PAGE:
From my own personal experiences, I manage to make a rhythmic style of writing by making my sentence lengths dynamic, from long to short to long again, or some medium in-between. This creates a smooth flow, and still follows the basic rules of English — excluding run-on sentences. They should be generally avoided, but I've seen even that as a style before. Dynamic sentence lengths create a flowing rhythm, and could be tweaked to even create different moods, like growing anxiety with a long and heavy sentence, and a sudden surprise with one little clip. As it says on this site:
Slow, descriptive or explanatory.
Can create a sense of relaxation, flow, or time dragging.
Using long sentences can create a fluent style and rhythm.
Good for action, and dramatic lines. For example, 'a shot rang out.'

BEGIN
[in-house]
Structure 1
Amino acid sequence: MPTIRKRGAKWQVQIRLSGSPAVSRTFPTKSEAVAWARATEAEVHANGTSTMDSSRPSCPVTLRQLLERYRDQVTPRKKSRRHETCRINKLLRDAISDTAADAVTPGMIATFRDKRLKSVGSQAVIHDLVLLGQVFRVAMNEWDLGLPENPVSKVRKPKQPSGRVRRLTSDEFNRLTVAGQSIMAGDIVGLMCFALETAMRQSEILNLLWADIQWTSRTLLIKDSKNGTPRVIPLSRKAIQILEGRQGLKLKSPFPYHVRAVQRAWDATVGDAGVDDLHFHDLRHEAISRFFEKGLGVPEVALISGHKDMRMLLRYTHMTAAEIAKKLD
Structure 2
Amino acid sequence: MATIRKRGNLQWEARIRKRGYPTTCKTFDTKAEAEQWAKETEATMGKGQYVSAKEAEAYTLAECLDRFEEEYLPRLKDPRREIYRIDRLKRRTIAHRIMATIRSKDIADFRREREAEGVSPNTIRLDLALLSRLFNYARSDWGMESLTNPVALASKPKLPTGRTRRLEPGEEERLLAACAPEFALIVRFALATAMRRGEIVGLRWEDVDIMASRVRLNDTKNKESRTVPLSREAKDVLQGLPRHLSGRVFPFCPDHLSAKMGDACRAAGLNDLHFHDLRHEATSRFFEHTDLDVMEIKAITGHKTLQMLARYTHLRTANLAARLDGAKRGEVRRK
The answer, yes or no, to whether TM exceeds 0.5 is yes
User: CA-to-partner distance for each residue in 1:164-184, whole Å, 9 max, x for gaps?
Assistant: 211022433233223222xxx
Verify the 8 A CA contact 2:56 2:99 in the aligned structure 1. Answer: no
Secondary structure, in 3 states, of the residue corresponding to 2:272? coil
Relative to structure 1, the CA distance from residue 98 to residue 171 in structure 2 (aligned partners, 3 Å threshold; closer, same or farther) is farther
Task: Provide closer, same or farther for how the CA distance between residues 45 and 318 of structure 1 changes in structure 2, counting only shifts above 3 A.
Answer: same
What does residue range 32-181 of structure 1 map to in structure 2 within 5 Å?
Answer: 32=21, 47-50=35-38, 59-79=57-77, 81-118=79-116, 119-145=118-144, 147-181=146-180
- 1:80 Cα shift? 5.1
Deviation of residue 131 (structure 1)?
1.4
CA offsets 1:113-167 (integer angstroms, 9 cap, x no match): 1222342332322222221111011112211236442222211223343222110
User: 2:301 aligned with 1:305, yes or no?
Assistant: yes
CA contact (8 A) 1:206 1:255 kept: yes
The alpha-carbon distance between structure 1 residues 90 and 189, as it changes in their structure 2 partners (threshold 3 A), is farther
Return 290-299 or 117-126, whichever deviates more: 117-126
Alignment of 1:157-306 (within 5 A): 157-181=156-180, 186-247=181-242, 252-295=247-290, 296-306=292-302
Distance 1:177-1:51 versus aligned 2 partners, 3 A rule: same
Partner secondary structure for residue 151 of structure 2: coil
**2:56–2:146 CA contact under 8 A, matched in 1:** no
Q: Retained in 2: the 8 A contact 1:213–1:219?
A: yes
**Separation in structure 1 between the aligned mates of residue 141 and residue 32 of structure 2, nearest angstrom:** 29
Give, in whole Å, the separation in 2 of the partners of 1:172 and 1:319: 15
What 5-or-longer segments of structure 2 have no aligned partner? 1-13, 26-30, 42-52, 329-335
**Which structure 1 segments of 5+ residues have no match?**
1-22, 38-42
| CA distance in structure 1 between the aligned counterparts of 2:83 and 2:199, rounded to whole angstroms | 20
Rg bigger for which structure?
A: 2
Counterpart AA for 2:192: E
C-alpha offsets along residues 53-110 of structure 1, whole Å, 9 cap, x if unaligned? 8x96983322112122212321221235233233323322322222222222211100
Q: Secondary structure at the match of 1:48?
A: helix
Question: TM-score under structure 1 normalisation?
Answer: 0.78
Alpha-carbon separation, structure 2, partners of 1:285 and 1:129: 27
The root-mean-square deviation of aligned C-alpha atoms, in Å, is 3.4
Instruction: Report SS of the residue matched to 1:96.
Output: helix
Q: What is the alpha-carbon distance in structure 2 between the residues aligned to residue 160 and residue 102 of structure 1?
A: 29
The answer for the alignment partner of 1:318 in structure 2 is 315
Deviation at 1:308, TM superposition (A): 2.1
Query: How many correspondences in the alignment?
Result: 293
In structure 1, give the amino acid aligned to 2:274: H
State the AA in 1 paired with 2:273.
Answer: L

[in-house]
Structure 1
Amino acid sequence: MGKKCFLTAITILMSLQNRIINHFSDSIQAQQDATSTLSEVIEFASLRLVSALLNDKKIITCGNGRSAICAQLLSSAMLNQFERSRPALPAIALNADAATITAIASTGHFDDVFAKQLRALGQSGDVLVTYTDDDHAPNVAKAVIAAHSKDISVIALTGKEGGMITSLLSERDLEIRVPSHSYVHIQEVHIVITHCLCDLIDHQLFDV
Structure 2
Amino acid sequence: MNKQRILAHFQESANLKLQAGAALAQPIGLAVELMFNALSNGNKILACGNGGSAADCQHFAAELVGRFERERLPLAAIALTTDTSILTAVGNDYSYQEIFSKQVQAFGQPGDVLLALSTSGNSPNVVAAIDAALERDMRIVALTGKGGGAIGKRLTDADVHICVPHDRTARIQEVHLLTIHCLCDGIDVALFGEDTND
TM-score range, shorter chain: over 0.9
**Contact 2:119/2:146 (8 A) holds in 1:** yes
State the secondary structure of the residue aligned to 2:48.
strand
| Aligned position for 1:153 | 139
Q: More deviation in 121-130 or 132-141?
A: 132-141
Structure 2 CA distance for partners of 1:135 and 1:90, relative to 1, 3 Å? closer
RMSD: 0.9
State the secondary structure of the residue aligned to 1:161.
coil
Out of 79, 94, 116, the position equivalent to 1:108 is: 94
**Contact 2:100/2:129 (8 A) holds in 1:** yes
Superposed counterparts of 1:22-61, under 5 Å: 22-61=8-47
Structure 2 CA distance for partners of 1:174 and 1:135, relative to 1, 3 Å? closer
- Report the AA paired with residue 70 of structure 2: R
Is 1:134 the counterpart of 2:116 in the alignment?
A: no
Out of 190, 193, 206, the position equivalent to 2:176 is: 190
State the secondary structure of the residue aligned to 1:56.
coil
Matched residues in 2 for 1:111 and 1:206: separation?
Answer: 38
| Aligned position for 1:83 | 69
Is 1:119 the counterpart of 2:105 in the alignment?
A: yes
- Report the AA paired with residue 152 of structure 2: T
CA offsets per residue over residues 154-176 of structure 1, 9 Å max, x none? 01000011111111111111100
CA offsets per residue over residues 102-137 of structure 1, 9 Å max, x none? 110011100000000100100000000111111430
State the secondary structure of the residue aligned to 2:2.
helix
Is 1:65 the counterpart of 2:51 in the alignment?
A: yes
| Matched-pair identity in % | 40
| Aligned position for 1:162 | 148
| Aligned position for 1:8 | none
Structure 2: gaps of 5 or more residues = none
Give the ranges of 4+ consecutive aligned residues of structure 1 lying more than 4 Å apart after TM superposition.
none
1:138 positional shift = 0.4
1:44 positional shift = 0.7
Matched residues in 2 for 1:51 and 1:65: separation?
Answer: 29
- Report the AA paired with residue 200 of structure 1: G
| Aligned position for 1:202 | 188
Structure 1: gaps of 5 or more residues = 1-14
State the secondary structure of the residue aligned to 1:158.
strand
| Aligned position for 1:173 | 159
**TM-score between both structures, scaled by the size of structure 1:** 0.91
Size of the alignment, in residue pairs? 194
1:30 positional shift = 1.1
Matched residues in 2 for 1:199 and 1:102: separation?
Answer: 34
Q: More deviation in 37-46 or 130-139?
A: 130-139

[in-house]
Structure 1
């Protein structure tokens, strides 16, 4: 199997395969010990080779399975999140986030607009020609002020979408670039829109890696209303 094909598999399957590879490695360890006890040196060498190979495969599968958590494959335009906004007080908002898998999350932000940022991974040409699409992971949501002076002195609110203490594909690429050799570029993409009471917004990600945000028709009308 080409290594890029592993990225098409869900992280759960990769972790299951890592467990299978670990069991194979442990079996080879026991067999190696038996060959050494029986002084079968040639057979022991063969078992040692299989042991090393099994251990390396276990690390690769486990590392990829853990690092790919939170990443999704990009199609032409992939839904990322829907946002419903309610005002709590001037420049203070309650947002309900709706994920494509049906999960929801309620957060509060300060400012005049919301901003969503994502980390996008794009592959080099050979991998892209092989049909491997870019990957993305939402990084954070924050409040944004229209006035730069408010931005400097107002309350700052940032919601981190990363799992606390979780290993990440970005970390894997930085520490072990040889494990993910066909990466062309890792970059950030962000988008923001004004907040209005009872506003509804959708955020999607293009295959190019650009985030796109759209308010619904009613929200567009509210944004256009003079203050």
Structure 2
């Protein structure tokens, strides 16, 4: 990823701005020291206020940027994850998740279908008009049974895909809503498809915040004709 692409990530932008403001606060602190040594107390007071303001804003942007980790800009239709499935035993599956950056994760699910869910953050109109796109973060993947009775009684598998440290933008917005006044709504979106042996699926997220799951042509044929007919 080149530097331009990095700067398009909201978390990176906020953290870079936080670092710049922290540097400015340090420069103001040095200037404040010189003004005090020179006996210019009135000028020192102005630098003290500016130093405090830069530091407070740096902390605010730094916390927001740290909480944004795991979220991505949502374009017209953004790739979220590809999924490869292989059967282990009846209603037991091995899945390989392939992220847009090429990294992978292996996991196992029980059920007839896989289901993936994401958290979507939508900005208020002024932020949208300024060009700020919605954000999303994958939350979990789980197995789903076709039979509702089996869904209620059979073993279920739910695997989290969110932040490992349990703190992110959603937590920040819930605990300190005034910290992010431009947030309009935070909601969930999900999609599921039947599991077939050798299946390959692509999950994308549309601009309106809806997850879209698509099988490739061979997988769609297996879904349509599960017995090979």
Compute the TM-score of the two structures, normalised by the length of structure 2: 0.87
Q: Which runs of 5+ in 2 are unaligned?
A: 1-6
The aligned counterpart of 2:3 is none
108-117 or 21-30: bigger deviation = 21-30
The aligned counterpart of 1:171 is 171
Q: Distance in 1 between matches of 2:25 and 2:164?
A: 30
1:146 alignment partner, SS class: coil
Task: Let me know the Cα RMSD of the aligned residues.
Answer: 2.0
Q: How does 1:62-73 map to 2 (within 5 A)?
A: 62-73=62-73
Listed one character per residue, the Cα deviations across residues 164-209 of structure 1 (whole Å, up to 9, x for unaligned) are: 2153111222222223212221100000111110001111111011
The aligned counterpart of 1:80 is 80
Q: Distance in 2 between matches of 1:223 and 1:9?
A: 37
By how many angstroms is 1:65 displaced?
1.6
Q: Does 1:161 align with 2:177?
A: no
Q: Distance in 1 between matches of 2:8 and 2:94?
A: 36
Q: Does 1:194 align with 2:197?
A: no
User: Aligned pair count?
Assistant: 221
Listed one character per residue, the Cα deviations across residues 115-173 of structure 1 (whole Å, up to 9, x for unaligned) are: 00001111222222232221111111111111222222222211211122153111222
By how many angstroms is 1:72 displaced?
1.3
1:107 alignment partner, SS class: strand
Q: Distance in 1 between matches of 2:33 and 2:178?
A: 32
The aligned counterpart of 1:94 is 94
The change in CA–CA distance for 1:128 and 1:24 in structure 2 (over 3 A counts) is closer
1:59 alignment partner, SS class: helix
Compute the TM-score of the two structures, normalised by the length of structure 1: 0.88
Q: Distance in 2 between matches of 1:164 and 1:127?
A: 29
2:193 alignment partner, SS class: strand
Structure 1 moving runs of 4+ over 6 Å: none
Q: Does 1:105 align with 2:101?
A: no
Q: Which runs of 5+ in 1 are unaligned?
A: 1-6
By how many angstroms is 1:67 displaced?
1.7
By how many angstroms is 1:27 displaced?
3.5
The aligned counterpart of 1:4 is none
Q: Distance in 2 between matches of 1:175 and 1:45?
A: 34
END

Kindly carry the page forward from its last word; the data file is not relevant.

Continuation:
Short sentences can create a punchy choppy rhythm.
An even more perfect example is stated by Gary Provost:
This sentence has five words. Here are five more words. Five-word sentences are fine. But several together become monotonous. Listen to what is happening. The writing is getting boring. The sound of it drones. It’s like a stuck record. The ear demands some variety.
Now listen. I vary the sentence length, and I create music. Music. The writing sings. It has a pleasant rhythm, a lilt, a harmony. I use short sentences. And I use sentences of medium length. And sometimes when I am certain the reader is rested, I will engage him with a sentence of considerable length, a sentence that burns with energy and builds with all the impetus of a crescendo, the roll of the drums, the crash of the cymbals—sounds that say listen to this, it is important.
So write with a combination of short, medium, and long sentences. Create a sound that pleases the reader’s ear. Don’t just write words. Write music.
As Provost says, you can create music with how you give out the sentence lengths. Dynamic! It has rhythm, cadence, and still follows the rules of the English language!
Hope that was helpful.